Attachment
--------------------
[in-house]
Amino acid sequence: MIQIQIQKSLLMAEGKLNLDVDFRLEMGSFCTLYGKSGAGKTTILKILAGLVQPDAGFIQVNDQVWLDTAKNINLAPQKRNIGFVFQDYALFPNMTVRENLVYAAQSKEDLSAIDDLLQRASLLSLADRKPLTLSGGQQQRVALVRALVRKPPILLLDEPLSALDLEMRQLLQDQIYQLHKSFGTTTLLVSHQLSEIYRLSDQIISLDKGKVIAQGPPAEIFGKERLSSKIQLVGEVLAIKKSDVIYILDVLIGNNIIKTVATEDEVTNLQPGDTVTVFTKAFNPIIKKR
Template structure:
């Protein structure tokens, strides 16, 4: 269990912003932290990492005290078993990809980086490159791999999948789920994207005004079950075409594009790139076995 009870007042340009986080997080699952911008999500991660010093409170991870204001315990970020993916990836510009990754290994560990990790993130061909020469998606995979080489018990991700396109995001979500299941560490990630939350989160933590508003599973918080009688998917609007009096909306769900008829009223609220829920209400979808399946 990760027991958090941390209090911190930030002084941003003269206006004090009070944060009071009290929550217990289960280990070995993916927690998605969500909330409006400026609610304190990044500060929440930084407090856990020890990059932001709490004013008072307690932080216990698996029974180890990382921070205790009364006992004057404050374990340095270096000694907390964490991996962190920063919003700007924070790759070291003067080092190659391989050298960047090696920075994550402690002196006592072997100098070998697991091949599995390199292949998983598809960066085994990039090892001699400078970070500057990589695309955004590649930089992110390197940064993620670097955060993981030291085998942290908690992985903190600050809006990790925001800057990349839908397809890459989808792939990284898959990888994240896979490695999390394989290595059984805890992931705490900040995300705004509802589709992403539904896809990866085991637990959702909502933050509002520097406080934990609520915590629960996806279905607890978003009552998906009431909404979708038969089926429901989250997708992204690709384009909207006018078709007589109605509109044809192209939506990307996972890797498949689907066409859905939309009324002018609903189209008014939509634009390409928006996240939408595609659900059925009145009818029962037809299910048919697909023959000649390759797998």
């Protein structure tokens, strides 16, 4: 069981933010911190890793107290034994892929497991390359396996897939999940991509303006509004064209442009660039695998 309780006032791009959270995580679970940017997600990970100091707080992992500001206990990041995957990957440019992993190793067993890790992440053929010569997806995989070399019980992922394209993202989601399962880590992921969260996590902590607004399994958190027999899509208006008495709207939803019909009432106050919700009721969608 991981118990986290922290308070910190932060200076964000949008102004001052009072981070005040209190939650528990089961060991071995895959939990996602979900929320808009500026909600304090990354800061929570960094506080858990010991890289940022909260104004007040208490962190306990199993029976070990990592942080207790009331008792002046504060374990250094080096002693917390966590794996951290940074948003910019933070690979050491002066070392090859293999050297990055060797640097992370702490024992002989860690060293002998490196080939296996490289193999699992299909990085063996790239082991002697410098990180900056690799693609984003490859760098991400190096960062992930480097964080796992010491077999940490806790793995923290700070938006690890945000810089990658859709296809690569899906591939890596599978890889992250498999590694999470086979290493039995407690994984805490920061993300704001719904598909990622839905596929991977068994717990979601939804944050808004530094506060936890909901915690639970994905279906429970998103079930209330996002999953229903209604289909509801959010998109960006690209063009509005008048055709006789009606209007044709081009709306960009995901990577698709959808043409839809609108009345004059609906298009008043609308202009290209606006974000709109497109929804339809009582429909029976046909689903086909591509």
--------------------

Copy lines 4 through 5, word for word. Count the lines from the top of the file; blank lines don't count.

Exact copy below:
């Protein structure tokens, strides 16, 4: 269990912003932290990492005290078993990809980086490159791999999948789920994207005004079950075409594009790139076995 009870007042340009986080997080699952911008999500991660010093409170991870204001315990970020993916990836510009990754290994560990990790993130061909020469998606995979080489018990991700396109995001979500299941560490990630939350989160933590508003599973918080009688998917609007009096909306769900008829009223609220829920209400979808399946 990760027991958090941390209090911190930030002084941003003269206006004090009070944060009071009290929550217990289960280990070995993916927690998605969500909330409006400026609610304190990044500060929440930084407090856990020890990059932001709490004013008072307690932080216990698996029974180890990382921070205790009364006992004057404050374990340095270096000694907390964490991996962190920063919003700007924070790759070291003067080092190659391989050298960047090696920075994550402690002196006592072997100098070998697991091949599995390199292949998983598809960066085994990039090892001699400078970070500057990589695309955004590649930089992110390197940064993620670097955060993981030291085998942290908690992985903190600050809006990790925001800057990349839908397809890459989808792939990284898959990888994240896979490695999390394989290595059984805890992931705490900040995300705004509802589709992403539904896809990866085991637990959702909502933050509002520097406080934990609520915590629960996806279905607890978003009552998906009431909404979708038969089926429901989250997708992204690709384009909207006018078709007589109605509109044809192209939506990307996972890797498949689907066409859905939309009324002018609903189209008014939509634009390409928006996240939408595609659900059925009145009818029962037809299910048919697909023959000649390759797998």
């Protein structure tokens, strides 16, 4: 069981933010911190890793107290034994892929497991390359396996897939999940991509303006509004064209442009660039695998 309780006032791009959270995580679970940017997600990970100091707080992992500001206990990041995957990957440019992993190793067993890790992440053929010569997806995989070399019980992922394209993202989601399962880590992921969260996590902590607004399994958190027999899509208006008495709207939803019909009432106050919700009721969608 991981118990986290922290308070910190932060200076964000949008102004001052009072981070005040209190939650528990089961060991071995895959939990996602979900929320808009500026909600304090990354800061929570960094506080858990010991890289940022909260104004007040208490962190306990199993029976070990990592942080207790009331008792002046504060374990250094080096002693917390966590794996951290940074948003910019933070690979050491002066070392090859293999050297990055060797640097992370702490024992002989860690060293002998490196080939296996490289193999699992299909990085063996790239082991002697410098990180900056690799693609984003490859760098991400190096960062992930480097964080796992010491077999940490806790793995923290700070938006690890945000810089990658859709296809690569899906591939890596599978890889992250498999590694999470086979290493039995407690994984805490920061993300704001719904598909990622839905596929991977068994717990979601939804944050808004530094506060936890909901915690639970994905279906429970998103079930209330996002999953229903209604289909509801959010998109960006690209063009509005008048055709006789009606209007044709081009709306960009995901990577698709959808043409839809609108009345004059609906298009008043609308202009290209606006974000709109497109929804339809009582429909029976046909689903086909591509």